Take the quiz and discover your vocal type. Then go to the Knowledge Center and watch the videos about your vocal type. Download the free exercises and start practicing them today.


They will help you learn to bridge from chest to head voice successfully which is the beginning of great singing technique.


I’m Chuck Gilmore with Power To Sing. You can sing higher with beauty, confidence and power. I’ll see you inside the next video.


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Chuck Gilmore

Chuck Gilmore

If you want to do more with your singing voice it is possible. This is the first and most important message. It is possible to achieve your dreams to sing better, to sing higher, and to add beauty, confidence and power to your voice!

I know this because I’ve experienced a real change in my voice. I am reaching my dreams to sing and perform. You can find happiness and fulfillment with your singing too!!


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  1. Pretty much pulling chest in most places. Yes you can avoid pulling chest. Watch this video and follow the directions.

  2. Hi Chuck,
    The video you posted is performance wise almost the same as the Wal-Mart Soundcheck Performance Tour Rehearsals March, 2007. I didn’t realize that the thing he does at 1:14 is pulled chest.
    What about this 2 other performances of him:
    – Linkin Park Numb – MTV Live Vibrations Los Angeles, California KROQ’s Kevin and Bean Breakfast Show 2010
    – Linkin park In the end – North Hollywood (Los Angeles) California, USA Third Encore AOL Sessions Performance Tour Rehearsals 14th March 2007
    Would you consider this also as pulled chest or would he be mixing here?
    Is there anything he could have done to avoid pulling up his chest?
    Thanks in advance for answering my questions, this is really interesting and helpful.
    Kind Regards

  3. Actually, in this version at 1:14 he starts spreading vowels and is too open…raising the larynx and pulling chest all the way through 1:54. He continues to do pretty much the same throughout the rest of the song. In my opinion, in this rendition of this song, this is not speech level singing. Maybe there are other renditions when he mixes, but not this one.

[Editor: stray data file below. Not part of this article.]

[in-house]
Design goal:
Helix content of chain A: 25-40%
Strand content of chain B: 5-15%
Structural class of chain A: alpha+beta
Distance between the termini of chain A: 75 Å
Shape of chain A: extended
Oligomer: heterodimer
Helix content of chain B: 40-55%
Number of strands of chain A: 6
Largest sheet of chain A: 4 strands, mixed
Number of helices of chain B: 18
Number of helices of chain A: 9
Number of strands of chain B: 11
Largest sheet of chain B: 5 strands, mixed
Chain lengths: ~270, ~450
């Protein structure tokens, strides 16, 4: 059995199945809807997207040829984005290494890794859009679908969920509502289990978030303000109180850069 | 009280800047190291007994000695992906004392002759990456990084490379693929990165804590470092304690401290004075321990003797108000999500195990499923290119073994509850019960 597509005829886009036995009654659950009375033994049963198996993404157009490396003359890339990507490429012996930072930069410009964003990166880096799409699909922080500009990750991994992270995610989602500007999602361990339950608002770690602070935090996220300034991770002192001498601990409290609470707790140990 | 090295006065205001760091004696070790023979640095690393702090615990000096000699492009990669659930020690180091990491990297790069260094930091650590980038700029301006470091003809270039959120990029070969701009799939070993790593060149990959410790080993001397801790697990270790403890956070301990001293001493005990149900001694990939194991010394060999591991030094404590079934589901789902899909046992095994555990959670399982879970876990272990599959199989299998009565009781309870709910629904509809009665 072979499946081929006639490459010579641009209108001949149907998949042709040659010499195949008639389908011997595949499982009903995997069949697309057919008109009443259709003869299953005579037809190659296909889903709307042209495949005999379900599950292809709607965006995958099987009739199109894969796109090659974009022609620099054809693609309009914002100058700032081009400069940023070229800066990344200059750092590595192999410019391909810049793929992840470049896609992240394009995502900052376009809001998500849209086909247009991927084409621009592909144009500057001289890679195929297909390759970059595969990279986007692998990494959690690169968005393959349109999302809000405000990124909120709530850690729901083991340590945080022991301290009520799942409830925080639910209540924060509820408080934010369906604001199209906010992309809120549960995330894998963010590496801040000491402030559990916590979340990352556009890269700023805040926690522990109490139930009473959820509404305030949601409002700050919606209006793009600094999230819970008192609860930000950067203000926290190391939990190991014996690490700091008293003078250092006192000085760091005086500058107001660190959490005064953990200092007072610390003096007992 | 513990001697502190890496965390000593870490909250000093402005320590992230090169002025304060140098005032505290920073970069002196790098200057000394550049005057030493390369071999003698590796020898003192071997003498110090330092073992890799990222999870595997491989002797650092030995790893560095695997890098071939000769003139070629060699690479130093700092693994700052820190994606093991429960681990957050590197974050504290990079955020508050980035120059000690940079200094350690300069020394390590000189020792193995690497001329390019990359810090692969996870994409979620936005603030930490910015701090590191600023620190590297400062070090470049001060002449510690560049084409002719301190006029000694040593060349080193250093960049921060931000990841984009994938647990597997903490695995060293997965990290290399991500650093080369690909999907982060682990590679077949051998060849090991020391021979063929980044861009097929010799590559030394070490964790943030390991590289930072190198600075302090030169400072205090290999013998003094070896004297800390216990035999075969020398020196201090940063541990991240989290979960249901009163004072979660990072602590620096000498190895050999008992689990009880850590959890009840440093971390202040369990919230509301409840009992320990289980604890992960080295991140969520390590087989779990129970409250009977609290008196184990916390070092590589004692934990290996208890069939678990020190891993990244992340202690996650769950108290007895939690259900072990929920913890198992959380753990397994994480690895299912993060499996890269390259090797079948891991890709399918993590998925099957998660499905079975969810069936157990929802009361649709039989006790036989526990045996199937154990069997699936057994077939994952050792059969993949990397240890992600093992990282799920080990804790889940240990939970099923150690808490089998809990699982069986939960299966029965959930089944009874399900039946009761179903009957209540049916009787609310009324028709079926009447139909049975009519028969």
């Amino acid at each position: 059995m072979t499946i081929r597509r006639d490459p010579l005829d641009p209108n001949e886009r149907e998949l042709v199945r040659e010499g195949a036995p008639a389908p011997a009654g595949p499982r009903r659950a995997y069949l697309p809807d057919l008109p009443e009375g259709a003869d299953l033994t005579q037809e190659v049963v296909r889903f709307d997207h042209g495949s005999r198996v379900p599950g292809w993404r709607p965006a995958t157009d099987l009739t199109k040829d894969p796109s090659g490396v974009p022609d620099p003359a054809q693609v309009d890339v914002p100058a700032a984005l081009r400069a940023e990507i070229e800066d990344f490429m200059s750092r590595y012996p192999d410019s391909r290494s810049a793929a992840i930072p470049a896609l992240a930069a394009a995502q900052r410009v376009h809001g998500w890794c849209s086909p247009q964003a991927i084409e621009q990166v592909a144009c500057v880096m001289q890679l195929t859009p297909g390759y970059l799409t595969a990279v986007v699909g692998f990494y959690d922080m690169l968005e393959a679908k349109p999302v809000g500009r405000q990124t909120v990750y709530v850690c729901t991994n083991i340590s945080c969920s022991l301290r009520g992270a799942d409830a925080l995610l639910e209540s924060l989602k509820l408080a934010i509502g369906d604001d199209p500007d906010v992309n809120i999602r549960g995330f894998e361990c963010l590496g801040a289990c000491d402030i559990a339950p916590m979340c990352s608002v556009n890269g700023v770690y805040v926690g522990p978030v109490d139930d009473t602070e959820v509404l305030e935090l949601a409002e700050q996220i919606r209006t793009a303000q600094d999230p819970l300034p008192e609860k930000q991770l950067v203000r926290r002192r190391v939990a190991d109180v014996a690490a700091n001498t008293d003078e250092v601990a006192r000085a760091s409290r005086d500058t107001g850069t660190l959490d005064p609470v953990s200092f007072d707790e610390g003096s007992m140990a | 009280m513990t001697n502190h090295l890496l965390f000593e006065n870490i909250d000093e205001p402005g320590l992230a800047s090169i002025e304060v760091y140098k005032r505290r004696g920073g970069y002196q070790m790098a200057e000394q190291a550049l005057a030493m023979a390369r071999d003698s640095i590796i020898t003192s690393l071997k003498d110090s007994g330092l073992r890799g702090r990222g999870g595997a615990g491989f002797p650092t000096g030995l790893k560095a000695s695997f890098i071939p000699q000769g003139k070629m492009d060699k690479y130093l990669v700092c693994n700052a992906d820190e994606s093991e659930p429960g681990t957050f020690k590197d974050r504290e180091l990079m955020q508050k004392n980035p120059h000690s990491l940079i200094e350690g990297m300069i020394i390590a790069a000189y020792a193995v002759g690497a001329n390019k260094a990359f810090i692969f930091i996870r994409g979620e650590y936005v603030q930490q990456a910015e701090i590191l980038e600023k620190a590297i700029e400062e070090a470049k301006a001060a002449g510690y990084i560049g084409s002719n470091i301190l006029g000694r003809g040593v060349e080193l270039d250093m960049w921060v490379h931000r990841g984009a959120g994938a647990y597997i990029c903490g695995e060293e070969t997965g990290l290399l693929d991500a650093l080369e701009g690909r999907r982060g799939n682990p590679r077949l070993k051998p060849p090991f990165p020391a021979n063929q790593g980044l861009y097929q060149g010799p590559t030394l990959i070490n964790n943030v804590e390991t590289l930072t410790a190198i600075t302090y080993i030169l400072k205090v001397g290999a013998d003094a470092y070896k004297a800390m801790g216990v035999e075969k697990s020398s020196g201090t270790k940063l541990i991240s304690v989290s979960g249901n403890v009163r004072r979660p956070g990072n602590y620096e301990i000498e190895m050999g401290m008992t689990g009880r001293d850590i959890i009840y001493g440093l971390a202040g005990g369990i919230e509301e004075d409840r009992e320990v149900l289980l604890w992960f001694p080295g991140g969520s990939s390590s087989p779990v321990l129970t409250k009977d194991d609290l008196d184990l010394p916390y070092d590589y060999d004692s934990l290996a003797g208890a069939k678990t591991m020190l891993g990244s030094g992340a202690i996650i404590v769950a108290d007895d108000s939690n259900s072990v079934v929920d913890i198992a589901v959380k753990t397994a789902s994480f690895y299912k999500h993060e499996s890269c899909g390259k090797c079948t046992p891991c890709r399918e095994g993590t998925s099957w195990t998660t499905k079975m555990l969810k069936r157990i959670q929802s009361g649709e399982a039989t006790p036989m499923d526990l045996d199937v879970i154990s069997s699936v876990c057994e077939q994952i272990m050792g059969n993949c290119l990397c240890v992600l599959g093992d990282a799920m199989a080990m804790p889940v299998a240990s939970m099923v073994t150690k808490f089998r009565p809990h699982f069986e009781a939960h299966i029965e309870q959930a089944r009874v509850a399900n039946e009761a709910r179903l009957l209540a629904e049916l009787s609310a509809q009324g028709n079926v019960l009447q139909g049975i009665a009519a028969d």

4. Hi Chuck,
    Here is another example of good singing technique (from my favorite band):
    Linkin Park – Pushing Me Away piano version
    North Hollywood (Los Angeles) California, USA Third Encore Wal-Mart Soundcheck Performance Tour Rehearsals March, 2007
    This is some seriously good Speech Level Singing!
    Did you know that their lead singer Chester Charles Bennington (who sadly took his own life – god bless his soul) took singing lessons from the same teacher as you: Seth Riggs?
    Kind Regards

  5. Hi Chuck,
    You wanted examples of good singing technique, here are a few:
    – The DVD Mozart-Requiem released in October 11, 2005 by Deutsche Grammophon (Gundula Janowitz, Chrisa Ludwig, Peter Schreier, and Walter Berry sing with Karl Boehm conducting the Vienna Symphony and Choir of the Vienna State Opera.), especially listen to Walter Berry singing the intro of Tuba Mirium, now that’s amazing breath control.

    – On the CD/DVD Heaven from the Gaither Gospel Series you will find David Phelps singing the song No More Night, man that guy can sing.

    – Mattia Battistini singing the song Caro Mio Ben, in my humble opinion one of the most beautiful baritone’s ever.

    – John McCormack singing the song Il Mio Tesoro, in it he sings 64 notes on one breath, do I need to say more?

    -Ann De Renais sings Il Sogno di Doretta from La Rondine by Puccini
    May 2011 with the Mechels Kamerorkest conducted by Tom Van den Eynde in Oudenaarde Belgium,
    she is an amazing singer/voice teacher who has performed at the opera houses of Milan, Paris and Glyndebourne.

    – Two other singers with perfect technique are Jussi Björling and Kirsten Flagstad.

    Hope you enjoy these amazing singers
    Kind Regards